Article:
The 3 Most Devastating Bugs Found In Recent Software
It is not unusual for new software to have a few bugs. Writing perfect code is nearly impossible. But there are some occasional glitches that lead to devastating effects for both the administrators and users. Here are some of the most devastating bugs in recent software.
- Apple Maps Misdirection – 2012
Before 2012, iPhones came with the useful Google Maps app pre-installed. In an effort to stop relying on their competitor, Apple decided to make an iOS map app, instead. However, Apple Maps had some major flaws:
- Whole lakes, bridges, and train stations were either missing or mislabelled
- The Washington Monument appeared across the street from its actual location
- Auckland Station, a train station in New Zealand, appeared in the middle of the ocean
- 3D views of dams and bridges produced distorted images as if melting into the water
Creating their map app was a major undertaking, but Apple failed to consider that mapping apps rely on different data for satellite images, infrastructure, points-of-interest, etc., meshed together with a combination of advanced software and countless man-hours of handwork. Google had years to get things done right, and Apple will get there eventually.
- Gotofail – 2014
In February, 2014, Apple clients were hit by a glitch of a different kind, when the administrators announced that users were at risk of having their data intercepted by other people who use the same local network. The bug, termed Gotofail, was due to one misplaced ‘goto’ request in the software that controls how iOS and OSX execute TLS and SSL encryption. The problem escalated when Apple released a patch for their operating system (iOS) before the one for OSX was ready. This not only publicized the bug, but also left desktop users at risk.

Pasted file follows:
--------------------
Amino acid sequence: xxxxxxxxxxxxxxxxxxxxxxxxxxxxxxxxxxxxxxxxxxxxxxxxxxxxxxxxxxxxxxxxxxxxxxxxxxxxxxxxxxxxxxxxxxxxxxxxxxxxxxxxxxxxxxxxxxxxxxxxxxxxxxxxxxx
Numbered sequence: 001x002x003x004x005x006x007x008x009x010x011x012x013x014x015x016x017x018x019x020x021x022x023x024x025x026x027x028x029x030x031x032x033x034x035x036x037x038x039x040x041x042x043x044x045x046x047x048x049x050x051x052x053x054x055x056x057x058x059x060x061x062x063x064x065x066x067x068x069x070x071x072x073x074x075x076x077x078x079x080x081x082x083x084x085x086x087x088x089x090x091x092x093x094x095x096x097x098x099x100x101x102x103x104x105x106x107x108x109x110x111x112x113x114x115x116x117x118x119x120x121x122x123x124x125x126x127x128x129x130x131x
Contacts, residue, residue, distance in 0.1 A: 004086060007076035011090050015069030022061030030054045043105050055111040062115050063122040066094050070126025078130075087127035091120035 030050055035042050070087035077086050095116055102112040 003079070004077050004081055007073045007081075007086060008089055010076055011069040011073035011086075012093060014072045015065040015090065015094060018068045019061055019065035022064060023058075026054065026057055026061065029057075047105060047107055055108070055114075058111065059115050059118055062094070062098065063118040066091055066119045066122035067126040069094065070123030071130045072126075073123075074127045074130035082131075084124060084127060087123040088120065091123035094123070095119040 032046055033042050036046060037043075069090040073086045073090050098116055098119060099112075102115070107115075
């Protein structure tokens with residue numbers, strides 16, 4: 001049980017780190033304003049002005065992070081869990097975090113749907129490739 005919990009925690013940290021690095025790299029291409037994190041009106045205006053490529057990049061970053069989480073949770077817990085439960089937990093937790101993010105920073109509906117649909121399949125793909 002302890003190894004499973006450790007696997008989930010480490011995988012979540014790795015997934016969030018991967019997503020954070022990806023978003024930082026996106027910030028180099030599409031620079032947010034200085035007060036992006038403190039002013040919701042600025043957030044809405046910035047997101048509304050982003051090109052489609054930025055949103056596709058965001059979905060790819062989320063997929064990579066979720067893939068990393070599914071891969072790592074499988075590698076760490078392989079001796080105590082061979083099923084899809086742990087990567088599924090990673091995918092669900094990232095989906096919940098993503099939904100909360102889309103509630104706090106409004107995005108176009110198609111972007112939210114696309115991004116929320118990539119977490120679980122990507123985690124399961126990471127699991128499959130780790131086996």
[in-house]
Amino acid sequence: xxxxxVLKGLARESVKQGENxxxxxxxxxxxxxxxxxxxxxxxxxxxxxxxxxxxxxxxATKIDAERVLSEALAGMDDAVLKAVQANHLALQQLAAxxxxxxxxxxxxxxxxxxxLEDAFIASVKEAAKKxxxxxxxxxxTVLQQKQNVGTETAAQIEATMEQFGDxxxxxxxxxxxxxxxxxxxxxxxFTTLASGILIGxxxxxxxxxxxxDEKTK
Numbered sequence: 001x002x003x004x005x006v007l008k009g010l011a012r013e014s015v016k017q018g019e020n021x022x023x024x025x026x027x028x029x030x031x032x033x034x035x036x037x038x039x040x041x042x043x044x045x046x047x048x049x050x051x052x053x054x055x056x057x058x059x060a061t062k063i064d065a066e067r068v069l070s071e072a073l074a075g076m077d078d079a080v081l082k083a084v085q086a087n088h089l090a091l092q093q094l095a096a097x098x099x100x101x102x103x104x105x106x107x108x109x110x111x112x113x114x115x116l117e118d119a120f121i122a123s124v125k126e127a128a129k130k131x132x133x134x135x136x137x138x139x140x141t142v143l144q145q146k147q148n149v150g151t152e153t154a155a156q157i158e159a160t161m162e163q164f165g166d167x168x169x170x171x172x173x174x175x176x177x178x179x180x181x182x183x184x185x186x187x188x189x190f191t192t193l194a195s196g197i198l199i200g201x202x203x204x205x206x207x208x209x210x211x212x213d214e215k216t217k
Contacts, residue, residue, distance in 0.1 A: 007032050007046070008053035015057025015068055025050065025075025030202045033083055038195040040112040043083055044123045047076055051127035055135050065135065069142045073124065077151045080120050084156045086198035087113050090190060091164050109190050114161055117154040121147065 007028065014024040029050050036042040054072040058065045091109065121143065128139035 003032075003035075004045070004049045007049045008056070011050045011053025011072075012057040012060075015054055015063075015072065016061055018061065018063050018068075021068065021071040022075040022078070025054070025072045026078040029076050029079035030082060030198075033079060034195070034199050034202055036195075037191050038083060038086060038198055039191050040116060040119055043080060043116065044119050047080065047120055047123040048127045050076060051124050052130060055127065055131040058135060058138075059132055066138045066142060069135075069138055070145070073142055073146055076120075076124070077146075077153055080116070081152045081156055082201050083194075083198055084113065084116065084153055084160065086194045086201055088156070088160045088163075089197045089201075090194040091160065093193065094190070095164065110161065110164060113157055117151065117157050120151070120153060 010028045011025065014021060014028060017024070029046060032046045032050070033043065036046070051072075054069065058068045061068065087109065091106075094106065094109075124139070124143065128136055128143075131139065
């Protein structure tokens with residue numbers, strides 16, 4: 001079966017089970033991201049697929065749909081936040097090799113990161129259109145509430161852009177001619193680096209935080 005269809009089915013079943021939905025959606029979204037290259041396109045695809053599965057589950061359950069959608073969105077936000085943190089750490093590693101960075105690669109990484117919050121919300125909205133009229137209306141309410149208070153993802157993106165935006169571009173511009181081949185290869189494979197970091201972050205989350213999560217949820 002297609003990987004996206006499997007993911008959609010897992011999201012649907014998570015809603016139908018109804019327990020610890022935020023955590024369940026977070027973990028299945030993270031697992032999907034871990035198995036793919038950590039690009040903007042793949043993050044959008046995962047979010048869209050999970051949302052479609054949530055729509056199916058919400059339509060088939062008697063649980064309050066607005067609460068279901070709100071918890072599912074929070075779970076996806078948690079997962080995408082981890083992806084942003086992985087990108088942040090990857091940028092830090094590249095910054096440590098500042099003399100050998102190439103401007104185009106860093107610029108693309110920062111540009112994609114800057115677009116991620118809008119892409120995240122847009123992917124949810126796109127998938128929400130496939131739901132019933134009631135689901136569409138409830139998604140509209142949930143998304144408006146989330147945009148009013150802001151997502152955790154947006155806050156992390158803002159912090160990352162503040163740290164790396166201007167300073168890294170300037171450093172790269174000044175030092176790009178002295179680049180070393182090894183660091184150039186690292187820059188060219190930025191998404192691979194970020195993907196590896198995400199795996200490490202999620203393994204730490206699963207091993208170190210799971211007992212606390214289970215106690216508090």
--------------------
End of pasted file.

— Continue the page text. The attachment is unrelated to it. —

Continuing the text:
- Heartbleed – 2014
Heartbleed refers to the hacker exploit resulting in the failure of encryption software in April, 2014. In many cases of encryption software failure, some data transfer is exposed and left vulnerable, but in this instance, hackers managed to attack more than 60% of Web servers using the open source security software OpenSSL, stripping its encryption and forcing it to reveal various data sets from its memory, including password codes, cryptographic key strings, and other private user data.
A patch was implemented soon after discovery of Heartbleed, but users were uncertain whether their passwords had been stolen. So, Heartbleed led to a massive number of password resets. Moreover, the glitch that led to Heartbleed was not corrected for more than two years.
While users may anticipate bugs in new software, as with Apple Maps, they don’t expect any major hackable flaws in programs that have been in use for years, as with the other two cases. Such flaws result in reduced user confidence in the software.